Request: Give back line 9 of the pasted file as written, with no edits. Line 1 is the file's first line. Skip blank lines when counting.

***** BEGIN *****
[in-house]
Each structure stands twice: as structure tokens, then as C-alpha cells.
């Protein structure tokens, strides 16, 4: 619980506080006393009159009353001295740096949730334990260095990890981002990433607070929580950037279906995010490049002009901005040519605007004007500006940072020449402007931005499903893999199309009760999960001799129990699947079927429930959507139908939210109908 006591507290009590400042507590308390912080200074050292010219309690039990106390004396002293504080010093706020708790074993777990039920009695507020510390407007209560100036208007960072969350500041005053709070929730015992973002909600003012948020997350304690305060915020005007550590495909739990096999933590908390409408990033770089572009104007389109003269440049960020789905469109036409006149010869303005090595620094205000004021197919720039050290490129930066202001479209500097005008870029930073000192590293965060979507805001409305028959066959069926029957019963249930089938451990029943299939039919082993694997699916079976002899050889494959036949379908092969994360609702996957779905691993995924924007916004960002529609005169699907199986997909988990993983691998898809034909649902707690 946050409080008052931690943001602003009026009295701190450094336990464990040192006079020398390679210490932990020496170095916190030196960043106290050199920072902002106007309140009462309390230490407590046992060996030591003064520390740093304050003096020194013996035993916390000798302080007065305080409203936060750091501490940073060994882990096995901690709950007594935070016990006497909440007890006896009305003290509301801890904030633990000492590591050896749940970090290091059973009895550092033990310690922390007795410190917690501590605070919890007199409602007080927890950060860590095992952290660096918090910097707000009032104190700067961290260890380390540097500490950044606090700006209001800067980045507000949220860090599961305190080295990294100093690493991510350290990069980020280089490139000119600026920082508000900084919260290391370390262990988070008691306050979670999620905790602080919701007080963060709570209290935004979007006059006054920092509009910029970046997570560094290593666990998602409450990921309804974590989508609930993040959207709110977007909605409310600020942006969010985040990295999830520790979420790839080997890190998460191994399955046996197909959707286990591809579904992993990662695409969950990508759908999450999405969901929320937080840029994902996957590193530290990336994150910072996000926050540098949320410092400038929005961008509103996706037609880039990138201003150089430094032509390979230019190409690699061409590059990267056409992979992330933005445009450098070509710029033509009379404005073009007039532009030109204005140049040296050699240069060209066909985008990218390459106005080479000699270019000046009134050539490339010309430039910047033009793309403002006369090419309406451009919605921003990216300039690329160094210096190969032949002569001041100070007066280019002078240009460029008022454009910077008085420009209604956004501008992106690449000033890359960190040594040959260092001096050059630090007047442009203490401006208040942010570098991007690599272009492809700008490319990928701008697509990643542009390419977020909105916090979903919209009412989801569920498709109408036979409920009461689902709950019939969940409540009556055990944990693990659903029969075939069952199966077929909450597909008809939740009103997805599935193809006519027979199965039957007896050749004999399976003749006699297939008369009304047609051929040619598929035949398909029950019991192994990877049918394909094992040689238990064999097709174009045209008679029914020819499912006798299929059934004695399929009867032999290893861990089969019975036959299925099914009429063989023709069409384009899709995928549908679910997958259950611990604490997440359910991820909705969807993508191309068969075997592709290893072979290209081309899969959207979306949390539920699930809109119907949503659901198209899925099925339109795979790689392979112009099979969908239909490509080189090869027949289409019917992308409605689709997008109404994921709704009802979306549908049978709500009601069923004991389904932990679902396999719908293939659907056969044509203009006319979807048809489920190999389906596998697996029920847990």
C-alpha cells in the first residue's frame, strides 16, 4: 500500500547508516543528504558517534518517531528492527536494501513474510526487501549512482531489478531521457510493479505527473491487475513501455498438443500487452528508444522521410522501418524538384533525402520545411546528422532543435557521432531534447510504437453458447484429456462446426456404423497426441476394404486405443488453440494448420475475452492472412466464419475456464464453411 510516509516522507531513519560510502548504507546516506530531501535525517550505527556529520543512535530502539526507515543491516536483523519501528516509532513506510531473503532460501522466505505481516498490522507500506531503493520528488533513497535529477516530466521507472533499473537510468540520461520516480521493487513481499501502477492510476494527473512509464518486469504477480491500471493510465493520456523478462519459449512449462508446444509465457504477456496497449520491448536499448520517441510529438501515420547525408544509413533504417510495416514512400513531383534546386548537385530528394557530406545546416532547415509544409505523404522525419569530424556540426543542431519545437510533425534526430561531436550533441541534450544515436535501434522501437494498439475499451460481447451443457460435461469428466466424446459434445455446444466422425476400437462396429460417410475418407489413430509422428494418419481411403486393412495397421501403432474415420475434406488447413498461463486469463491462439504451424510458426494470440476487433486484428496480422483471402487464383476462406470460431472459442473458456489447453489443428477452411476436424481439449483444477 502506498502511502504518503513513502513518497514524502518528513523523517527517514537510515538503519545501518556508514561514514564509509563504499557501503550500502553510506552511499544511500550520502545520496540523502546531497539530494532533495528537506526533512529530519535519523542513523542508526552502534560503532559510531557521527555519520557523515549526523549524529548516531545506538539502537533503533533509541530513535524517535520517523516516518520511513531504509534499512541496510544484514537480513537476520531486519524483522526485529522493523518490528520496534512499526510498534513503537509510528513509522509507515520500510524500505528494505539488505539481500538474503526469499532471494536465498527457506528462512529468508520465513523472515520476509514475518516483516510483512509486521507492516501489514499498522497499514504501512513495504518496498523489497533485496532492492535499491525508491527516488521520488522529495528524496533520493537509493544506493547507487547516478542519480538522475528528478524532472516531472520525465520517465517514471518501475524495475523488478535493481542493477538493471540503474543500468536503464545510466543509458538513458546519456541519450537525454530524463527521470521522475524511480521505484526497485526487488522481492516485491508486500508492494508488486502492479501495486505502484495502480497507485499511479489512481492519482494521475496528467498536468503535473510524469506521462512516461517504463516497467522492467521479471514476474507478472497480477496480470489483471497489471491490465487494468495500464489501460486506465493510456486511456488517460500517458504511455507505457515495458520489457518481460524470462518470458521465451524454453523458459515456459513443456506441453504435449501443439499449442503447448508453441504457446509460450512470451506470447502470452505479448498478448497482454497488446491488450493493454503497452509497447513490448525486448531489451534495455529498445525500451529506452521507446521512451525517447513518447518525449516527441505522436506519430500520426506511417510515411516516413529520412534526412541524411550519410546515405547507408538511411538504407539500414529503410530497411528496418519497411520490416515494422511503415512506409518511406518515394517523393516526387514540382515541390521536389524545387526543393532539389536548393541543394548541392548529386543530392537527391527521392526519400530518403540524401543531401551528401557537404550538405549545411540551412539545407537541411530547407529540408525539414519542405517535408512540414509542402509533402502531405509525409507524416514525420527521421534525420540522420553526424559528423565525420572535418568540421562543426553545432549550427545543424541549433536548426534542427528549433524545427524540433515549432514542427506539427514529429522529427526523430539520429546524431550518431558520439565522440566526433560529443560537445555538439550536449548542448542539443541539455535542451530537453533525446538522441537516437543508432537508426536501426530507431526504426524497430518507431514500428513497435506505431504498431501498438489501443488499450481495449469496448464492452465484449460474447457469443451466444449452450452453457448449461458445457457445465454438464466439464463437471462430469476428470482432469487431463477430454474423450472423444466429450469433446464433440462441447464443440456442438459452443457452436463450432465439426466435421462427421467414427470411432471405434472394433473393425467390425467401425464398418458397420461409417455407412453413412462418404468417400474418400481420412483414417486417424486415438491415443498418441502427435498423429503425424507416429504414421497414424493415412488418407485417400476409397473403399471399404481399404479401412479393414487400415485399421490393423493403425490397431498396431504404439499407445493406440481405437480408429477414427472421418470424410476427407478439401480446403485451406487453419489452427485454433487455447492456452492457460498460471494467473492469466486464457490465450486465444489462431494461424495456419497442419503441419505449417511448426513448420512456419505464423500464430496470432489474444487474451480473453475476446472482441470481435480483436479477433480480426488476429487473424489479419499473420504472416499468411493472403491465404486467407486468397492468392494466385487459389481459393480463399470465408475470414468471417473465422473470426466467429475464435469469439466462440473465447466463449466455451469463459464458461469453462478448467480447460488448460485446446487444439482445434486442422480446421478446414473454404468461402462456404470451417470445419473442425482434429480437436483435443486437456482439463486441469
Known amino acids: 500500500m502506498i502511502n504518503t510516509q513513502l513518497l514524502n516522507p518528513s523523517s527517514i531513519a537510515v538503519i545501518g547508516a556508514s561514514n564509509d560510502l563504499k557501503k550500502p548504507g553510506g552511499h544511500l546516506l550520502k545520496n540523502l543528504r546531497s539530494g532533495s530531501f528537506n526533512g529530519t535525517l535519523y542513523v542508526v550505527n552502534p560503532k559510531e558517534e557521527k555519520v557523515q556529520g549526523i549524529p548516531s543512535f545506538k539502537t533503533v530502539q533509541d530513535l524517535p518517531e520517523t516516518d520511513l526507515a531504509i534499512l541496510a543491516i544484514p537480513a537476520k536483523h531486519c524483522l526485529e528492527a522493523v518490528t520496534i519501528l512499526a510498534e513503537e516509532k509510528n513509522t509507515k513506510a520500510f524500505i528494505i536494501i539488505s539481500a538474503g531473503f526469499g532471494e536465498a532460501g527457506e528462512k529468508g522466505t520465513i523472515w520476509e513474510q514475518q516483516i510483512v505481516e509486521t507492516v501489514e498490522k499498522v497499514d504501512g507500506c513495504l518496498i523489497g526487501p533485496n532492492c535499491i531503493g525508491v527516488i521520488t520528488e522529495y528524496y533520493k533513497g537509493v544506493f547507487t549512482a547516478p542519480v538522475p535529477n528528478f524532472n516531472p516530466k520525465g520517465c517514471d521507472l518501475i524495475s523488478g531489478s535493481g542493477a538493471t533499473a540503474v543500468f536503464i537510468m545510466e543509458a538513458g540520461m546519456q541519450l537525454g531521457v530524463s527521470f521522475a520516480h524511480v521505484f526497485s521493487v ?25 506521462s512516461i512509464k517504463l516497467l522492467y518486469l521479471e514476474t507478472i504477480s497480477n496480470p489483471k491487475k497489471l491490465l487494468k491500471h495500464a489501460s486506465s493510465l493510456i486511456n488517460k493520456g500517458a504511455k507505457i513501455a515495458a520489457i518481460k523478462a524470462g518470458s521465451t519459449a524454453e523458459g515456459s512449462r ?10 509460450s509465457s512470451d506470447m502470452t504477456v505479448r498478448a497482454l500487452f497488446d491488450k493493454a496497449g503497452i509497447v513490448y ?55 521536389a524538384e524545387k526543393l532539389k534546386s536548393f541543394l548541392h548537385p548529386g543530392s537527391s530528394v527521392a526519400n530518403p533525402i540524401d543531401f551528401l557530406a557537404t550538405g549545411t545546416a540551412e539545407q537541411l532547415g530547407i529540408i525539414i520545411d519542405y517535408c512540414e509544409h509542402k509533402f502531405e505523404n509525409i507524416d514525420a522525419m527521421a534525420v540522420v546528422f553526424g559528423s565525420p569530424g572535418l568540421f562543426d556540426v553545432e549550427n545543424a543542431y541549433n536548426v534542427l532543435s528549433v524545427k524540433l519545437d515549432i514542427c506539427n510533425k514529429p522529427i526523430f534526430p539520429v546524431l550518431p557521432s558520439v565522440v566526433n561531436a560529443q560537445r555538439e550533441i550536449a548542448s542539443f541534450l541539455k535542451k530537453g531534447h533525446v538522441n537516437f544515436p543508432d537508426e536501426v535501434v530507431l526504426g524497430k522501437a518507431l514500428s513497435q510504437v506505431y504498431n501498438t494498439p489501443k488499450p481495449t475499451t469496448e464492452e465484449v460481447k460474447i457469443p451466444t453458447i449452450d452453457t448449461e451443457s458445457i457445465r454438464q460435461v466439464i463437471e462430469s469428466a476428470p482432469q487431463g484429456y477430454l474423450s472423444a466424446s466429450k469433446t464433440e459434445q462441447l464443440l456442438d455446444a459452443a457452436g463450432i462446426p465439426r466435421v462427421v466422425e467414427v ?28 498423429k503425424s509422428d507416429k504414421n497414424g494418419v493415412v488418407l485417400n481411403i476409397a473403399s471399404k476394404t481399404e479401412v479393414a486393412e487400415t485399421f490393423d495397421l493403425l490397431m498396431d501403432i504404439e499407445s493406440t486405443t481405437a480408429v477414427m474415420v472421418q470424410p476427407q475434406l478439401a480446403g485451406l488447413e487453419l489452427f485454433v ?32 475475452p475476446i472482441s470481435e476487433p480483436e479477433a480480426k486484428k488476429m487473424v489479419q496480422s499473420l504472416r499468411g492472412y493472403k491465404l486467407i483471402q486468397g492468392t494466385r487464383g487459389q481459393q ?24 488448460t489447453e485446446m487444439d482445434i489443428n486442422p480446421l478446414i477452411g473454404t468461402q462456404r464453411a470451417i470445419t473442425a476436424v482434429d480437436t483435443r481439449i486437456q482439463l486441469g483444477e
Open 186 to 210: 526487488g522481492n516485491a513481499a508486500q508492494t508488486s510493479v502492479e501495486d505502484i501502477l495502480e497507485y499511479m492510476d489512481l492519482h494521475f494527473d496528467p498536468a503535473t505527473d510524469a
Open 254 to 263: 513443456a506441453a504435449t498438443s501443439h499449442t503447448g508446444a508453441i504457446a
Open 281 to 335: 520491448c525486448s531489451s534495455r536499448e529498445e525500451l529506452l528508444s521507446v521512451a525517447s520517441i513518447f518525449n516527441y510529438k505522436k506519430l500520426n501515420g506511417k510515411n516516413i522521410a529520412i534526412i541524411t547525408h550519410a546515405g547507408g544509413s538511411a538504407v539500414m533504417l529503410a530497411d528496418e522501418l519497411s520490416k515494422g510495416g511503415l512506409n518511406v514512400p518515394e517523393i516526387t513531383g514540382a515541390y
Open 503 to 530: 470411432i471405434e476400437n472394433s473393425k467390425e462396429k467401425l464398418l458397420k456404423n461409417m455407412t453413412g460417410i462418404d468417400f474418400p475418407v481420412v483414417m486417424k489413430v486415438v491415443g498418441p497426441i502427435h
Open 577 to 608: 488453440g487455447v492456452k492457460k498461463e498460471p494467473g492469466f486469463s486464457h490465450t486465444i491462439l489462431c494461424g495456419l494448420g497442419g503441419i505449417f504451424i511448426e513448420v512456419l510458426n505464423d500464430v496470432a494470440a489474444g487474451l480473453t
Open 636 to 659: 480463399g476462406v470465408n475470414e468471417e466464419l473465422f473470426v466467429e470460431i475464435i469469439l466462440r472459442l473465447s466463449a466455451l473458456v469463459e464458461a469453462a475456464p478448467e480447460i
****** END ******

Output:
Open 503 to 530: 470411432i471405434e476400437n472394433s473393425k467390425e462396429k467401425l464398418l458397420k456404423n461409417m455407412t453413412g460417410i462418404d468417400f474418400p475418407v481420412v483414417m486417424k489413430v486415438v491415443g498418441p497426441i502427435h